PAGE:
The Detroit Institute of Arts (DIA) presents Photographs from the Detroit Walk-In Portrait Studio by Corine Vermeulen from November 14, 2014, to May 17, 2015.
The Detroit Institute of Arts (DIA) presents Photographs from the Detroit Walk-In Portrait Studio by Corine Vermeulen from November 14, 2014, to May 17, 2015. Dutch-born photographer—now a Detroiter—Corine Vermeulen was commissioned by the DIA to photograph Detroiters and ask them to share their stories about the city and their engagement and support of its diverse communities.
DIA Curator of Photography Nancy Barr first saw Vermeulen’s walk-in portrait studio work taken in a foreclosed Detroit home on Klinger Street in 2009. Barr noted, “I saw something unique in this work in that it showed the efforts of an artist who was interested in not only the faces but in the stories of real people during a time of transition and change in the city.”
Barr asked Vermeulen to begin working on a series for the DIA in 2013. Vermeulen set up temporary walk-in portrait studios in various Detroit locations and took photos of hundreds of Detroiters from local organizations as well as neighborhood and social groups—at schools, protest rallies and grass-roots initiatives. Participants were asked about their current and future vision of Detroit, and their responses will accompany many of their portraits in this exhibition, which includes more than 80 images from the sessions.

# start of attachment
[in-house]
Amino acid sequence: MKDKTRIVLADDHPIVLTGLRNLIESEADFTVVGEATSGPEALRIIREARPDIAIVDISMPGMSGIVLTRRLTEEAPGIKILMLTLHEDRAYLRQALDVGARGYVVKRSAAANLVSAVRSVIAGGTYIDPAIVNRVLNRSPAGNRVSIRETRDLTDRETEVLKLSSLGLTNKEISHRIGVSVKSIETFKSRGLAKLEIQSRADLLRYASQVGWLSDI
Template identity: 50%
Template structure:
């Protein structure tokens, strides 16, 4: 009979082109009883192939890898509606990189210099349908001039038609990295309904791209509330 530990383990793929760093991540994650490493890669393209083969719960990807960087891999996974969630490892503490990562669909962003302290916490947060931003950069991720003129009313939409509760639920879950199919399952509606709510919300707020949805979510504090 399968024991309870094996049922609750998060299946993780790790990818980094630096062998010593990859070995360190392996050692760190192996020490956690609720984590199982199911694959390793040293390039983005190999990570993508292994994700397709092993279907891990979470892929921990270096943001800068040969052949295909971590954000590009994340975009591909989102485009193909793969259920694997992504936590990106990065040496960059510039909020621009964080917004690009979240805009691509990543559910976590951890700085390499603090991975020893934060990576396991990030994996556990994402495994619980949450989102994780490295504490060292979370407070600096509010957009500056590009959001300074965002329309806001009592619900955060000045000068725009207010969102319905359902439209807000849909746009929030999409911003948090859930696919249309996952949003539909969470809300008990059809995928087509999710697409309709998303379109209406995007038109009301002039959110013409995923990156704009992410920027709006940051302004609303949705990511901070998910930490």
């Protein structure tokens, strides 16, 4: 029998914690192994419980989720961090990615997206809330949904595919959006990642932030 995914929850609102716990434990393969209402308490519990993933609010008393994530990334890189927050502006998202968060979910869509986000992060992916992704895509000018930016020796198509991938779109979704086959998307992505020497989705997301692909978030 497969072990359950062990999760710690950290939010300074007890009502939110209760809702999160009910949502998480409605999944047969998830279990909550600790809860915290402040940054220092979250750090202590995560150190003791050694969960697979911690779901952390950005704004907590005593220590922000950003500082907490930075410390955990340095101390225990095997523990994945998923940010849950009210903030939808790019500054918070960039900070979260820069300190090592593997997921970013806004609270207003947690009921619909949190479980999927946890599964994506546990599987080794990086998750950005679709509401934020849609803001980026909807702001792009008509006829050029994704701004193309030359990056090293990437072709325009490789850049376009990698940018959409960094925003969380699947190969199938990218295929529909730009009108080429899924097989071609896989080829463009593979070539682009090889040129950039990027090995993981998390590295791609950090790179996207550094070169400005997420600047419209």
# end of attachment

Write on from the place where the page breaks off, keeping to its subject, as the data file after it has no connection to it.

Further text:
The exhibition is free with museum admission and is organized by the Detroit Institute of Arts in collaboration with Corine Vermeulen. It is supported, in part, by public funds from the Consulate General of the Netherlands in New York.
Portraits in the exhibition include photographs from Vermeulen’s first Klinger Street walk-in portrait studio in 2009; custom-bike enthusiasts from the East Side Riders club; students at the James and Grace Lee Boggs School, a new charter elementary school focused on Detroit’s history, issues and future; protesters at a Trayvon Martin rally in front of the Detroit Federal Building; D-Town Farm, one of the largest urban farms in Detroit; and brothers Johnny, Tracey and James McGhee, who started the Jit, a dance movement and style unique to Detroit, at an event at the DIA’s Detroit Film Theatre.
A supplemental section includes work from one of Vermeulen’s earlier series, Your Town Tomorrow, that shares her thoughts about exploring Detroit’s changing landscape. She says, “I didn’t come to Detroit to witness the end of an era. I just wanted to find out if there was a future and what would it look like. My conclusion is that it’s about people; it’s about people empowered.”
9 a.m.–4 p.m. Tuesdays–Thursdays, 9 a.m.–10 p.m. Fridays, and 10 a.m.–5 p.m. Saturdays and Sundays. General admission (excludes ticketed exhibitions) is free for Wayne, Oakland and Macomb county residents and DIA members. For all others, $8 for adults, $6 for seniors ages 62+, $4 for ages 6–17. For membership information, call 313-833-7971.